Showing posts filed under: Crime in the Suites by Jeff Ifrah

March 3, 2013

New Zealand Court Hands U.S. a Victory in Kim Dotcom Piracy Case

A year ago, we wrote about the indictment in the Eastern District of Virginia of the executives and founders of Megaupload, one of the leading file-hosting sites on the Web. The charges were copyright infringement through the facilitation of piracy of copyrighted materials, money-laundering, and conspiracy. The site was shuttered after the indictment. The case… Read More

July 9, 2012

What Does One Need to ‘Know’ to Commit a Federal Crime?

On July 2, 2012, the U.S. Court of Appeals for the 11th Circuit tackled an interesting question of statutory interpretation that centered on the precise usage by Congress of the word “knowingly” in a federal criminal law that prohibits luring people under 18 years old into prostitution. In United States v. Daniels, the appeals court… Read More

June 25, 2012

Appeals Court Casts Doubt on Acceptability of ‘Obey-the Law’ Injunctions

We recently blogged about the recent decision of the U.S. Court of Appeals for the 11th Circuit in Securities and Exchange Commission v. Goble, 2012 WL 1918819 (11th Cir. May 29, 2012).  There, we discussed the appeals court’s limitation on the reach of the concept of “securities fraud” under Section 10(b) of the Exchange Act… Read More

June 21, 2012

Obama Escalates ‘Fast and Furious’ Battle With Congress by Claiming Executive Privilege

On June 20, 2012, President Barack Obama escalated a battle with the GOP-controlled House of Representatives by claiming executive privilege for 1300 executive-branch documents that relate to the White House and the Justice Department’s response to subpoenas about the botched Fast and Furious gun-trafficking operation. The House Oversight and Government Reform Committee, chaired by Rep…. Read More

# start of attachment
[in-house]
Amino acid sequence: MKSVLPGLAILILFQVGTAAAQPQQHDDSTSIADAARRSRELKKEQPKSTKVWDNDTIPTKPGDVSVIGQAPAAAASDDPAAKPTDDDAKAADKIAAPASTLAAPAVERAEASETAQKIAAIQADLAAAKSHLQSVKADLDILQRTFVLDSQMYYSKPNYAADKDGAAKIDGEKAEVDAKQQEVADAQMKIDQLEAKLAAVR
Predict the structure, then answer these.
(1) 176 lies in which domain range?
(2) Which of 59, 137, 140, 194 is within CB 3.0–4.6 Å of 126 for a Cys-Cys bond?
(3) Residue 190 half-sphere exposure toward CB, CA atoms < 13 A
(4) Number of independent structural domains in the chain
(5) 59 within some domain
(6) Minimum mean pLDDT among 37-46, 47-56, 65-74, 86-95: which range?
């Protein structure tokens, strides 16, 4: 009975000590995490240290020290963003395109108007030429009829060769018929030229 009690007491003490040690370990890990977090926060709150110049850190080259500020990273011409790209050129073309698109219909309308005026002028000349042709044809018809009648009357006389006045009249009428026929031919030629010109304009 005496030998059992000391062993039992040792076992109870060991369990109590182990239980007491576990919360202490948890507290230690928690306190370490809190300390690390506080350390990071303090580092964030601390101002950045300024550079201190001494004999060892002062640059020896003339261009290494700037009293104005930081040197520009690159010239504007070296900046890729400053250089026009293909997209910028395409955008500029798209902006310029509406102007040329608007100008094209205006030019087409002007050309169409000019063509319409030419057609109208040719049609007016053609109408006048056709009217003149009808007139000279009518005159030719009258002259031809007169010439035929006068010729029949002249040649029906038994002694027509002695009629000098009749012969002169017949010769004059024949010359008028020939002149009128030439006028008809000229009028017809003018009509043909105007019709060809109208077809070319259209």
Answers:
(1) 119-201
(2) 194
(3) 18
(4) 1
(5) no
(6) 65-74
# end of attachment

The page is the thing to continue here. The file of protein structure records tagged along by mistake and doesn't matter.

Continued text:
May 11, 2012

Sentencing Panel Amends Guidelines for Mortgage Fraud

Responding to a requirement in the Dodd-Frank Act that it review, and if appropriate, amend, the federal sentencing guidelines for mortgage fraud, the U.S. Sentencing Commission set forth on April 13, 2012, two new provisions that will affect sentencing for this type of crime. Mortgage fraud became a significant issue in the recent financial crisis… Read More

May 3, 2012

Brief Urges Supreme Court to Accept Rubashkin Sentencing Appeal

On May 3, 2012, Ifrah Law filed an amicus curiae brief in the U.S. Supreme Court on behalf of the Justice Fellowship and a group of law professors who practice in the areas of criminal law and sentencing. The brief was filed in the case of Rubashkin v. United States, a highly publicized case in… Read More

April 24, 2012

Worst Part of Wal-Mart Bribery Case Is Failure to Conduct Proper Investigation

Over the weekend, The New York Times broke a major story, publishing a highly detailed 8,000-word article that seems to indicate that Wal-Mart not only engaged in a pattern of bribery of Mexican government officials in the mid-2000s but also that the company intentionally stifled an internal investigation of the alleged bribery and in fact… Read More

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